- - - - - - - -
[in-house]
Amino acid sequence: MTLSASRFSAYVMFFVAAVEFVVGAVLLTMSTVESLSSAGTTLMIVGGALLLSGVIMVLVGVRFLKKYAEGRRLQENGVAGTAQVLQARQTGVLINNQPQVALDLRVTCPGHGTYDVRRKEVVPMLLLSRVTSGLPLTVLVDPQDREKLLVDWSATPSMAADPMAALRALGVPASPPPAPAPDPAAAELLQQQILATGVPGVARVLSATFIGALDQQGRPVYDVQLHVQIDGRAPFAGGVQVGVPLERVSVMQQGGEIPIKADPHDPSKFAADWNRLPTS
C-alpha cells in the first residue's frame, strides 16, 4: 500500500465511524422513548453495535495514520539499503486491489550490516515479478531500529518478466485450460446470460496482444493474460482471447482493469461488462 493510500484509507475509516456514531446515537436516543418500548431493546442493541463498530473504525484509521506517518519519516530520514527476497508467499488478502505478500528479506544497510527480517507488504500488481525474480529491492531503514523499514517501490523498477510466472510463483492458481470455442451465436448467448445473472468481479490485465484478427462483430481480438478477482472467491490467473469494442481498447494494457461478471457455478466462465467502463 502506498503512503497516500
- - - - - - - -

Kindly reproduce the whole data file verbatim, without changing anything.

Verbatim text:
[in-house]
Amino acid sequence: MTLSASRFSAYVMFFVAAVEFVVGAVLLTMSTVESLSSAGTTLMIVGGALLLSGVIMVLVGVRFLKKYAEGRRLQENGVAGTAQVLQARQTGVLINNQPQVALDLRVTCPGHGTYDVRRKEVVPMLLLSRVTSGLPLTVLVDPQDREKLLVDWSATPSMAADPMAALRALGVPASPPPAPAPDPAAAELLQQQILATGVPGVARVLSATFIGALDQQGRPVYDVQLHVQIDGRAPFAGGVQVGVPLERVSVMQQGGEIPIKADPHDPSKFAADWNRLPTS
C-alpha cells in the first residue's frame, strides 16, 4: 500500500465511524422513548453495535495514520539499503486491489550490516515479478531500529518478466485450460446470460496482444493474460482471447482493469461488462 493510500484509507475509516456514531446515537436516543418500548431493546442493541463498530473504525484509521506517518519519516530520514527476497508467499488478502505478500528479506544497510527480517507488504500488481525474480529491492531503514523499514517501490523498477510466472510463483492458481470455442451465436448467448445473472468481479490485465484478427462483430481480438478477482472467491490467473469494442481498447494494457461478471457455478466462465467502463 502506498503512503497516500